Anerkannte Kontingenz: Schellings existentiale Interpretation des Johannesprologs in der "Philosophie der Offenbarung"
The question of reality is treated in this paper from the speculative philosophical perspective of Friedrich Wilhelm Joseph von Schelling (1775–1854). In his late work from 1841–42, the Philosophy of Revelation, Schelling focuses primarily on two New Testament texts, John’s Prologue (John 1:1–18) an...
|Published in:||Biblical interpretation|
|Check availability:||HBZ Gateway|
Year: 2005, Pages: 141-154
|Standardized Subjects / Keyword chains:||B
Einheitsübersetzung der Heiligen Schrift Johannesevangelium 1,1-18
B Schelling, Friedrich Wilhelm Joseph von 1775-1854
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|Summary:||The question of reality is treated in this paper from the speculative philosophical perspective of Friedrich Wilhelm Joseph von Schelling (1775–1854). In his late work from 1841–42, the Philosophy of Revelation, Schelling focuses primarily on two New Testament texts, John’s Prologue (John 1:1–18) and the christological hymn of Paul’s letter to the Philippians (Phil 2:5–11), in order to unfold his understanding of the Christian religion as a religion of revelation. The author aims to show that Schelling gained his understanding of revelation from his interpretation of the Bible. Thus, Schelling’s Philosophy of Revelation can aptly be called a biblical philosophy of revelation. In his interpretation of John’s Prologue, Schelling shows that the Christ portrayed in John’s Gospel is God’s revelation; Christ is the historical form of the Revealer (John 1:14). What Christ reveals is a historical person who acts and who knows himself to be, on the one hand, free in his relation to the world and, on the other hand, to be essentially related to God. Furthermore, Christ reveals the logos of God who was with God (John 1:1–3). According to Schelling, this logos is both theoretical and practical reason and therefore grounded in God, and as reason, the logos mediates the actualization of the world in history. In bringing forth the world, God remains the world’s ground, particularly the ground of human freedom. The world also exists under the condition that it be known, and it is the logos that mediates this knowledge. As the religion of revelation, Christianity discloses the transcendence of God as the world’s ground, the immanence of the logos in human reason, and the principle of freedom incarnate in a historical individual. The main philosophical question of nineteenth-century transcendental Idealism concerned the ground, the capacity, and the limits of reason. By answering this question in view of his biblical interpretation, Schelling claims that philosophy, rather than biblical studies, glimpses into the deeper meaning of the Bible’s account of revelation. It is through Christ’s revelation that reason is made aware of its incapacity to conceptualize its own ground. Revealed through a contingent historical fact as an instance of human subjectivity, is the knowledge and experience that reason’s relation to its ground is one not within human control, but one that is given to it. What is given is the possibility for self-transcendence. Reason transcends itself when it is placed in relation to its ground. This self-transcendence is not mediated by objective knowledge. Rather, it is given immediately to reason as “being prior to thinking that itself cannot be thought” (unvordenkliches Sein). As such, it inspires religion that has the function to mediate reason’s self-transcendence to its ground. On the basis of the revelation in the Christian religion, philosophy can make claims concerning this relation. With this “negative philosophy” denying reason’s possibility to conceptually exhaust its own ground, Schelling distinguishes his philosophy from both Fichte’s and Hegel’s “positive philosophy” that affirms this possibility. And in his recovery of biblical sources for his own philosophy, Schelling, quite possibly, captures the truth of biblical insights into the transcendent ground’s creation of the world in freedom, to be experienced and never to be entirely determined by reason.|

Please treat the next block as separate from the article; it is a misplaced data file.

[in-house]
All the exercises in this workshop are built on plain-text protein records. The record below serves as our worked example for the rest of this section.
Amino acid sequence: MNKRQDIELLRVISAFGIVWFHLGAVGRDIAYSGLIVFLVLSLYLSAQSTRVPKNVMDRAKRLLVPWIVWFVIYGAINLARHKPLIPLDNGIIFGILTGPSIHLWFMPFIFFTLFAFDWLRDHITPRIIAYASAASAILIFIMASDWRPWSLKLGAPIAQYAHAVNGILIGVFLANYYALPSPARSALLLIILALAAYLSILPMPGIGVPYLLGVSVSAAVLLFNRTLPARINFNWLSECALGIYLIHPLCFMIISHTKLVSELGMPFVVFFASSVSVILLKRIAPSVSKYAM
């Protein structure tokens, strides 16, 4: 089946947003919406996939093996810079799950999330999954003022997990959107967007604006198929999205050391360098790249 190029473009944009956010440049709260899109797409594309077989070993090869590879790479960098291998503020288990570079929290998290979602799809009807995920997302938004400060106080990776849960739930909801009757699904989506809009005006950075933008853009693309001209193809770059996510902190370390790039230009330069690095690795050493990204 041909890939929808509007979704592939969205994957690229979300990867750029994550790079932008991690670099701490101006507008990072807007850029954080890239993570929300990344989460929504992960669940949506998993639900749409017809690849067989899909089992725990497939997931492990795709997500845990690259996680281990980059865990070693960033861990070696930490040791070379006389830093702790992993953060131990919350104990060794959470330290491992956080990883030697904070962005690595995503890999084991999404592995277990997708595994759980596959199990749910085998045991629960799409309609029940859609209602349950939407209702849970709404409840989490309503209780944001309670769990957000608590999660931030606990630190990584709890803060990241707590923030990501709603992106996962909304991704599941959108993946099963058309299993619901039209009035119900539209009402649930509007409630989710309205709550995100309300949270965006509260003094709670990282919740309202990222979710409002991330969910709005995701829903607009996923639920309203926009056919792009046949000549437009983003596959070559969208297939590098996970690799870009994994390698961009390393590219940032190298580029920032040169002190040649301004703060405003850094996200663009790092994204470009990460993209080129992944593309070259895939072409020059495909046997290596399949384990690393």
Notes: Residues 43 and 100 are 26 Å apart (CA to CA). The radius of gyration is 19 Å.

|Contains:||In: Biblical interpretation
|Persistent identifiers:||DOI: 10.15496/publikation-36799|